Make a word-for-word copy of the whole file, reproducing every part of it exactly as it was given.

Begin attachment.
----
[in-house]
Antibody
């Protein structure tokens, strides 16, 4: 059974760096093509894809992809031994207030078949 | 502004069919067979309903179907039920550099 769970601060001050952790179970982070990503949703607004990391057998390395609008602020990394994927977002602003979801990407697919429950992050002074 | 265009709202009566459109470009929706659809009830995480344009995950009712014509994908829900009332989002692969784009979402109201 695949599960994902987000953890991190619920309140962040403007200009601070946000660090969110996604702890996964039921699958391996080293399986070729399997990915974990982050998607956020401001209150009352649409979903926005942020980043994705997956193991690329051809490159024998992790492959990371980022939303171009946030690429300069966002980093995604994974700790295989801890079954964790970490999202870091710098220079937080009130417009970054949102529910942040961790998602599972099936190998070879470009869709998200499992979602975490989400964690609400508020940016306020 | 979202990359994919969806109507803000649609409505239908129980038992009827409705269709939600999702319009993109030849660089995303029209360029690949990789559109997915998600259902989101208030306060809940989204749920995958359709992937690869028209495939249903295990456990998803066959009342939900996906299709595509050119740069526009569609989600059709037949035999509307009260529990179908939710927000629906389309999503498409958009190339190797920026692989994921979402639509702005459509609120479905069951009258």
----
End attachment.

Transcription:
[in-house]
Antibody
């Protein structure tokens, strides 16, 4: 059974760096093509894809992809031994207030078949 | 502004069919067979309903179907039920550099 769970601060001050952790179970982070990503949703607004990391057998390395609008602020990394994927977002602003979801990407697919429950992050002074 | 265009709202009566459109470009929706659809009830995480344009995950009712014509994908829900009332989002692969784009979402109201 695949599960994902987000953890991190619920309140962040403007200009601070946000660090969110996604702890996964039921699958391996080293399986070729399997990915974990982050998607956020401001209150009352649409979903926005942020980043994705997956193991690329051809490159024998992790492959990371980022939303171009946030690429300069966002980093995604994974700790295989801890079954964790970490999202870091710098220079937080009130417009970054949102529910942040961790998602599972099936190998070879470009869709998200499992979602975490989400964690609400508020940016306020 | 979202990359994919969806109507803000649609409505239908129980038992009827409705269709939600999702319009993109030849660089995303029209360029690949990789559109997915998600259902989101208030306060809940989204749920995958359709992937690869028209495939249903295990456990998803066959009342939900996906299709595509050119740069526009569609989600059709037949035999509307009260529990179908939710927000629906389309999503498409958009190339190797920026692989994921979402639509702005459509609120479905069951009258």